Our olfactory perception is something that we take for granted. However what scientists have discovered is that we have a memory for scents and when we come across a familiar smell it triggers a chain of memory.
I have vivid memory of my childhood. Getting up in the morning used to be so much fun with fresh breeze bringing in the smell of roses from the outside garden.
There used to be certain defining moments that declared the arrival of the early hours of morning. The opening of the newspaper and the faint smell of ink that stimulated my young nostrils as my father & grandfather sat next to me and read it aloud reading out the news to me as if I understood ha ha ha.
Then breakfast used to be a ritual when our orange colored breadbox was taken out from the fridge and opening it was such a delight as it released the aroma of fresh bread .
This would be then put into the toaster that sat snugly on the dining table. Much before the toast was done the toaster would increase my hunger many folds by releasing the aroma of bread being toasted.
Once toasted I got a big treat of a dollop of butter that was carefully spread over my toast by my mother or grandmother. The mixing of the aroma of the fresh molten butter and toasted bread created an aroma that made my hunger increase many folds.
Thinking about that experience makes my mouth water even today.
The smell of fresh coffee in the mornings used to be so refreshing and made me look forward to the day ahead with renewed enthusiasm.
During the summer months the mango tree in the courtyard would fill the air with a tangy sweet sour aroma of mangoes .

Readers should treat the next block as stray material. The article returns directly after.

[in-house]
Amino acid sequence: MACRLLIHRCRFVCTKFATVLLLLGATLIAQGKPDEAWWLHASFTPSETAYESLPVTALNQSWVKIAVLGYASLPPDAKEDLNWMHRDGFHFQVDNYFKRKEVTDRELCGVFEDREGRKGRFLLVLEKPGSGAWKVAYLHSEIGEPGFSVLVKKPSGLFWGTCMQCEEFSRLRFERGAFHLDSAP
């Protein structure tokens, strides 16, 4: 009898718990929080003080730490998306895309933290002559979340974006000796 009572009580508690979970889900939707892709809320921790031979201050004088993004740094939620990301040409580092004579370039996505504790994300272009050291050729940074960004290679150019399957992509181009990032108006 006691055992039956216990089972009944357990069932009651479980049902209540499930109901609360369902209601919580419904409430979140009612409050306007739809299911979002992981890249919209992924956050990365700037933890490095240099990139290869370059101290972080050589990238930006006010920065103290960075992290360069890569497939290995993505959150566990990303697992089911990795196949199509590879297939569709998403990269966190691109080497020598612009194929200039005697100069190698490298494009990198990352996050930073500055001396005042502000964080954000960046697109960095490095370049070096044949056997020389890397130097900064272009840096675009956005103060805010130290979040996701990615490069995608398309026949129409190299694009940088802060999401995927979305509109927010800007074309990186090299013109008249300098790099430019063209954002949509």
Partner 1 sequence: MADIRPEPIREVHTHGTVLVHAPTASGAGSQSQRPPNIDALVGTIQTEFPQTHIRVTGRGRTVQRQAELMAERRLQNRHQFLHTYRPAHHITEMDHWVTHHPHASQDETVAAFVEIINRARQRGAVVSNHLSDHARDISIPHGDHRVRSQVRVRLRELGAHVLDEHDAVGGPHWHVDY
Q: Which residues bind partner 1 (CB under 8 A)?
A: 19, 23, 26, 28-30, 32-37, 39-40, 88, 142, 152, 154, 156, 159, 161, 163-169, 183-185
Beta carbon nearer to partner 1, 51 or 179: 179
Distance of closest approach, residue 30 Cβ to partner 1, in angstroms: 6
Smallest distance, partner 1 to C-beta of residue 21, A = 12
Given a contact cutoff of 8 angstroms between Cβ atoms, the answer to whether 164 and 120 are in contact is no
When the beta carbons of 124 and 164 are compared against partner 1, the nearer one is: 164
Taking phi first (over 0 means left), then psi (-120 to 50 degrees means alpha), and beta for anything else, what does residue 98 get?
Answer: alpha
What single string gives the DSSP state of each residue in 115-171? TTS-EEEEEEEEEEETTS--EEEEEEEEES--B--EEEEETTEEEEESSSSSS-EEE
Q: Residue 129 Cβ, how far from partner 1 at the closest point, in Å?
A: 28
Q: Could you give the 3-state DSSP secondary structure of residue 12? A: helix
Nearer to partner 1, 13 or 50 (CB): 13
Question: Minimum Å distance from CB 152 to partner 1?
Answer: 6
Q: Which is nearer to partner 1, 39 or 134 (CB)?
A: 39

We kids could hardly wait for the fruits to mature as we impatiently waited for them during our summer vacations. Out favourite pastime used to be eating paranthas cooked in some desi ghee the aroma of which would fill the entire household and worked as the lunch time alarm bell as nobody had to be called and everyone automatically were drawn to the dinner table.
When the jar of homemade mango & lemon pickle used to be opened it used to make everyone jostle for their share and for me it was a race to get the biggest share.
The rainy season was the time most awaited by everyone as after so many months of scorching heat, the raindrops falling on the dry ground released such a refreshing earthy smell.
This aroma hitting our nostrils was the declaration of end of the summers. To this aroma got mixed the smell of kerosene that my grandmother used in
her stove on which she cooked such wonderful treats like besan ka pakodas in sarson ka teil and tea.
Why it smelt so good in the rainy season is something I would never know but rekindles sweet memories of childhood.
Now that we live in a flat we are exposed to smells of pollution or what the neighbours are cooking in the kitchen. Thank god we have ambipur that not just masks & suppresses these smells but also kills them keeping our home feeling fresh and clean .